Informed Consent in a post-Hampson Hughes world

Our Special Adviser, Professor Dominic Regan has some words of caution following HERBERT V HAMPSON HUGHES. Get it right or you will suffer!!

 

You couldn’t make it up. It is the absolute duty of a Solicitor to advise their client upon the various ways in which a litigious dispute might be funded. The oddity is that one must mention options which you, the Solicitor, wouldn’t go near. By way of analogy how likely is it that a BMW sales representative would tell you that Mercedes were much better value? The position of Solicitor is one requiring utmost good faith.

The interests of the client always come first. “The ultimate requirement is to treat the client fairly and to ensure that the Solicitor complies with the duty to act in their best interests, even if that might mean advising them of a form of funding which the firm does not offer, which means that the client chooses to instruct a different firm.” These words of eminent Costs Counsel Roger Mallalieu encapsulate the legal duty.

There are practices which will only ever act under a conventional hourly retainer, with full fees payable regardless of outcome. Many clients with healthy cases cannot afford to gamble. Access to Justice sadly comes at a price.

I attended for every moment of the Court of Appeal hearing in HERBERT V HAMPSON HUGHES LAW (2019) EWCA Civ 527, a decision causing serious concern to many personal injury firms. It was a modest car passenger injury claim which settled within a month of issue for £3400. The claim was conducted using a CFA with the maximum success fee stipulated at 100%, subject to the overall cap of 25% to be deducted from general and special damages.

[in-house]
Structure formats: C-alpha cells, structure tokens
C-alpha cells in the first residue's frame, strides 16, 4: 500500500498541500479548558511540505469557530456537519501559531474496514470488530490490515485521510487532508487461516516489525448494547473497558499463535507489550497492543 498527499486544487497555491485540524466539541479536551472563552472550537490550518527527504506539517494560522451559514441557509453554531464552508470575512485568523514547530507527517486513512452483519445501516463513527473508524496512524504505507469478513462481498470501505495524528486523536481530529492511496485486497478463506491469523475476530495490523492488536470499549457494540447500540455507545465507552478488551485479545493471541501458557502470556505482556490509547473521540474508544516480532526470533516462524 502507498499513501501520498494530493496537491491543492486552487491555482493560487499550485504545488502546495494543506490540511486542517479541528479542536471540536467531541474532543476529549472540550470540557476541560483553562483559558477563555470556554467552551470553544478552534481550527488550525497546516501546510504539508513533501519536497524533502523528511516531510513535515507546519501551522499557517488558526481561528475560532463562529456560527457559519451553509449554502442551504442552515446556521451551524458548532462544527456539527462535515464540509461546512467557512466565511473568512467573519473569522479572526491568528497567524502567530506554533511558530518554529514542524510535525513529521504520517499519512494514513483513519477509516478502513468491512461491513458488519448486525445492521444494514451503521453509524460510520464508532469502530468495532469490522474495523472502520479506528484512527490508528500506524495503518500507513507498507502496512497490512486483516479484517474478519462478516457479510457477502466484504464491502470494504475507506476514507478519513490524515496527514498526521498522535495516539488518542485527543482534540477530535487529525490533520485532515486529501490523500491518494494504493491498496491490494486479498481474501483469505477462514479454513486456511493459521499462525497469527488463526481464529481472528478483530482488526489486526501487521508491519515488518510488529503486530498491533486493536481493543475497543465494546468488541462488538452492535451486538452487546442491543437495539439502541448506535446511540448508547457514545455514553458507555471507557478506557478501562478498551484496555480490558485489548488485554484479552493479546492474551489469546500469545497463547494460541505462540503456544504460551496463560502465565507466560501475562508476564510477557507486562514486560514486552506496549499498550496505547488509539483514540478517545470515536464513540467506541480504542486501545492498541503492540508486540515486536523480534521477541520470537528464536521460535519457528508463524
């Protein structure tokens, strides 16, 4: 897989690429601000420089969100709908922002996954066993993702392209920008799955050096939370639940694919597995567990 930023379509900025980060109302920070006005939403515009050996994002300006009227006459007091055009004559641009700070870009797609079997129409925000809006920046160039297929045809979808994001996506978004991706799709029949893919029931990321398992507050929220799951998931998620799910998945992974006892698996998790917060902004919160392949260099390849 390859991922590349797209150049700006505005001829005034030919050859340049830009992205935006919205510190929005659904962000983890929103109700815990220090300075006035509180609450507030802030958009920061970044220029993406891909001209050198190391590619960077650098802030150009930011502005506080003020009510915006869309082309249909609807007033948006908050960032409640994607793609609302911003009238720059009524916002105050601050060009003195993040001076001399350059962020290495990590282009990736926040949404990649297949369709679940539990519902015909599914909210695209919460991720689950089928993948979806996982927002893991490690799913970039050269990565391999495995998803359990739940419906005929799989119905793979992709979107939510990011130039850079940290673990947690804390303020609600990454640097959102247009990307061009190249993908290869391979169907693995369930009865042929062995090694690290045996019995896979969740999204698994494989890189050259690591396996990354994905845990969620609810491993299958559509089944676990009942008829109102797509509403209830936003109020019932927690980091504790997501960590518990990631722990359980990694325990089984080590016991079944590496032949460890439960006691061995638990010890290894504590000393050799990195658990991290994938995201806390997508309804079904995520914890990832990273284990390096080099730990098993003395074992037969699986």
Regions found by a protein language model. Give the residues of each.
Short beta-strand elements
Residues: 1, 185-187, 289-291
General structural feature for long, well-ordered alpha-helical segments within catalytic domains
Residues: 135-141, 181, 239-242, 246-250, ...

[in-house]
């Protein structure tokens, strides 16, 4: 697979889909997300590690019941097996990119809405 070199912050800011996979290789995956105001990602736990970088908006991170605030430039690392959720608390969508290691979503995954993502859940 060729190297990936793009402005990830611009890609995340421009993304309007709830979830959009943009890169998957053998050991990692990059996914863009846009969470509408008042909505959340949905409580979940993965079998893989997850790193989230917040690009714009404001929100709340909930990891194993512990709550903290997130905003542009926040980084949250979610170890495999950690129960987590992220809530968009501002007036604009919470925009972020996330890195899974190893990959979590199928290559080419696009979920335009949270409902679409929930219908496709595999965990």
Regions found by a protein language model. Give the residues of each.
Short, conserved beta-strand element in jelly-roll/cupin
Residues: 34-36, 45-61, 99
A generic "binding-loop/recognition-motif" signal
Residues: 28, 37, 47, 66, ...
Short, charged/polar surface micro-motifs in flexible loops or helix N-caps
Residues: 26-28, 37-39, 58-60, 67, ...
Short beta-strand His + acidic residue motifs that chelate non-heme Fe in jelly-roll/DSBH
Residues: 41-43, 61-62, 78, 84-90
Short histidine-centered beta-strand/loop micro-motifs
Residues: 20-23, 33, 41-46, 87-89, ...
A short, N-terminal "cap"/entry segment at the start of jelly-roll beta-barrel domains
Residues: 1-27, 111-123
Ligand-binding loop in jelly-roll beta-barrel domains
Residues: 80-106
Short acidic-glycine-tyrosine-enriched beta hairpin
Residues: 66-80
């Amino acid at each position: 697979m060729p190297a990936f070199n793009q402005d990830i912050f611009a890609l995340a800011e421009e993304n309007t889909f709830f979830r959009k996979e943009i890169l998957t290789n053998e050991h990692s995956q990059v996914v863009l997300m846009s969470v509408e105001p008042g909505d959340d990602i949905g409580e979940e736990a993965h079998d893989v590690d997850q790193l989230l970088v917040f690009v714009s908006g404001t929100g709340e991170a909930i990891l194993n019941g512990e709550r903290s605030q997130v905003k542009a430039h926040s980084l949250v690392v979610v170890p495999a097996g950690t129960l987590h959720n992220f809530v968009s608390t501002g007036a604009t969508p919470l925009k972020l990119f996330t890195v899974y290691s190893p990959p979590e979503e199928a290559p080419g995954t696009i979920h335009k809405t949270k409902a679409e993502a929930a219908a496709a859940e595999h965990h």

From the damages the Solicitor took £829.21, being 25% of damages plus £349 for ATE cover. Ms. Herbert was left with £2221.79. Post settlement, she approached JG Solicitors who challenged the 100% success fee, given the simplicity of the claim which arose from a rear end shunt by a bus. From District Judge upwards, every Court agreed that the fee was unusual and slashed it to 15%. Thus, the fee was reduced from £691 to £276 (excluding VAT in each case), a reduction of £415.Nicholas Bacon QC told the Appeal Court that the costs awarded by the DJ amounted to £4500!

Hampson Hughes asserted that the business model which it operated was the only one that enabled it to run low value injury matters on a viable economic basis. It claimed that many other firms did exactly the same.

The Appeal hearing concentrated upon whether the client had given informed consent to the CFA. She had certainly been sent documentation which told her about the deduction, but the Appeal Court unanimously concluded that more was required. Absent informed consent meant that there was no valid agreement to deduct so much. Critically, she should have been told that the fee was set arbitrarily without any risk assessment having been made.

The sub plot was that a well-informed client would not have made this bargain. In oral argument the Master of the Rolls observed that the success fee should plainly be geared to risk despite the 2013 repeal of the Rule requiring an assessment.

So, one can still take the maximum post HAMPSON HUGHES but only where someone has carefully and comprehensively explained the arrangement to the client. In 2013 Jeff Zindani astutely observed that Courts would carefully scrutinise deductions in a book we wrote, ‘Surviving Jackson’.

What of the thousands of settled cases where seemingly excessive deductions have been made? If informed consent was secured, then all is well. The anxiety is that some clients did not give such consent. The costs will have been spent. I am told by a Senior Costs Judge that a tidal wave of claims against Solicitors is in the pipeline.

Overcharging can have even darker consequences. The Administrative Court in Solicitors Regulatory Authority V GOOD ( 2019) EWHC 817 ( Admin) struck off a Solicitor who had grossly inflated bills by charging out at four times the permissible hourly rate and then automatically applying the maximum success fee without regard to risk .The Court emphasised the importance of maintaining integrity whenever a bill was signed. A paying party had an absolute right to expect bills to be accurately drawn.

Get it right or you will suffer.